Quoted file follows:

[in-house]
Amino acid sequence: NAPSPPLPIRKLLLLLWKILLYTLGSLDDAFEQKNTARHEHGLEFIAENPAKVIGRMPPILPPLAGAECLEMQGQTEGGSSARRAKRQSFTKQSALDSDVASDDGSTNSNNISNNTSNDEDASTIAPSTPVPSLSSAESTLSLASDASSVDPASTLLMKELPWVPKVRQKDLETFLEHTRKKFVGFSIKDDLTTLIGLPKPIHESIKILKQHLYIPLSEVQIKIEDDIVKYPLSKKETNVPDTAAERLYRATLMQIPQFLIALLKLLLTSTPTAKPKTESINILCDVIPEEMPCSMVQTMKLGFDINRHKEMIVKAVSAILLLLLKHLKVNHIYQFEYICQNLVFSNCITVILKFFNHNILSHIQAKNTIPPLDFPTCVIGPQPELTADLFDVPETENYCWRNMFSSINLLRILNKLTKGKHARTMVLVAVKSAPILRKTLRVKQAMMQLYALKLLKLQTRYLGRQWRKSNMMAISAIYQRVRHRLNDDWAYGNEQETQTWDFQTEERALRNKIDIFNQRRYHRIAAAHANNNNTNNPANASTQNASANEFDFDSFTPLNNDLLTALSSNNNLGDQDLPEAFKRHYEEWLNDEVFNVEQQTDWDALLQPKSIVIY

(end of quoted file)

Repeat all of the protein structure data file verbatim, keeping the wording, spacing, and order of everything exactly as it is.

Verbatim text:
[in-house]
Amino acid sequence: NAPSPPLPIRKLLLLLWKILLYTLGSLDDAFEQKNTARHEHGLEFIAENPAKVIGRMPPILPPLAGAECLEMQGQTEGGSSARRAKRQSFTKQSALDSDVASDDGSTNSNNISNNTSNDEDASTIAPSTPVPSLSSAESTLSLASDASSVDPASTLLMKELPWVPKVRQKDLETFLEHTRKKFVGFSIKDDLTTLIGLPKPIHESIKILKQHLYIPLSEVQIKIEDDIVKYPLSKKETNVPDTAAERLYRATLMQIPQFLIALLKLLLTSTPTAKPKTESINILCDVIPEEMPCSMVQTMKLGFDINRHKEMIVKAVSAILLLLLKHLKVNHIYQFEYICQNLVFSNCITVILKFFNHNILSHIQAKNTIPPLDFPTCVIGPQPELTADLFDVPETENYCWRNMFSSINLLRILNKLTKGKHARTMVLVAVKSAPILRKTLRVKQAMMQLYALKLLKLQTRYLGRQWRKSNMMAISAIYQRVRHRLNDDWAYGNEQETQTWDFQTEERALRNKIDIFNQRRYHRIAAAHANNNNTNNPANASTQNASANEFDFDSFTPLNNDLLTALSSNNNLGDQDLPEAFKRHYEEWLNDEVFNVEQQTDWDALLQPKSIVIY